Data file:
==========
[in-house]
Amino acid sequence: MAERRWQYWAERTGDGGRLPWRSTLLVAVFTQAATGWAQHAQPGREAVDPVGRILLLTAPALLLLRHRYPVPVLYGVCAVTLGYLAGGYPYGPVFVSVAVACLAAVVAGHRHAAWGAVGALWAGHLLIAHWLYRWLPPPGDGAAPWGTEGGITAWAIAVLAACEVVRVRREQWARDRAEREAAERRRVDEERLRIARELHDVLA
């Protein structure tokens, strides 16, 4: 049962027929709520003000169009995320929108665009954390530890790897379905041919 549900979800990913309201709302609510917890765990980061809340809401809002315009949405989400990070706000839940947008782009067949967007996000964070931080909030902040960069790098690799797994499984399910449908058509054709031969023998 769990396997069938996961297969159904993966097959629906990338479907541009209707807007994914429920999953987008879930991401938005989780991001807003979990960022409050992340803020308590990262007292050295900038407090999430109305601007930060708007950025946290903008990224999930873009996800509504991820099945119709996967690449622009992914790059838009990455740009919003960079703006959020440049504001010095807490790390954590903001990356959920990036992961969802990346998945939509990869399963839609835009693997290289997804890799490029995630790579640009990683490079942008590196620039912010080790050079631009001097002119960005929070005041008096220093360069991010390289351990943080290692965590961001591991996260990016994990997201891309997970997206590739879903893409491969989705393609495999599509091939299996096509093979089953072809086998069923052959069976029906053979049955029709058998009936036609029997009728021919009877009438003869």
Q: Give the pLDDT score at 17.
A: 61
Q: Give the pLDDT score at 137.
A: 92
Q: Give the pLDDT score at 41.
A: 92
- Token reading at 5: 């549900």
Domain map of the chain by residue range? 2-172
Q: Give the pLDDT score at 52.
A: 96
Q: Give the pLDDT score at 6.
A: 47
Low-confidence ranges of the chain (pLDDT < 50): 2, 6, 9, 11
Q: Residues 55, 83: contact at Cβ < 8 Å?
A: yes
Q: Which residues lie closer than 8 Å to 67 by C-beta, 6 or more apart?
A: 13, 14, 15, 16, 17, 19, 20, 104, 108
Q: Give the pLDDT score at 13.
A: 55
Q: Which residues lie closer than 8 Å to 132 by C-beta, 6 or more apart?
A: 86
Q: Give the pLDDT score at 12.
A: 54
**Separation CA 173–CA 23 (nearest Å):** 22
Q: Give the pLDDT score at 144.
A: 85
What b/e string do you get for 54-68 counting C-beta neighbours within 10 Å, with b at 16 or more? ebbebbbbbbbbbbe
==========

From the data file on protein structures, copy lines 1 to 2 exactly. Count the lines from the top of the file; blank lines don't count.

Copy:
[in-house]
Amino acid sequence: MAERRWQYWAERTGDGGRLPWRSTLLVAVFTQAATGWAQHAQPGREAVDPVGRILLLTAPALLLLRHRYPVPVLYGVCAVTLGYLAGGYPYGPVFVSVAVACLAAVVAGHRHAAWGAVGALWAGHLLIAHWLYRWLPPPGDGAAPWGTEGGITAWAIAVLAACEVVRVRREQWARDRAEREAAERRRVDEERLRIARELHDVLA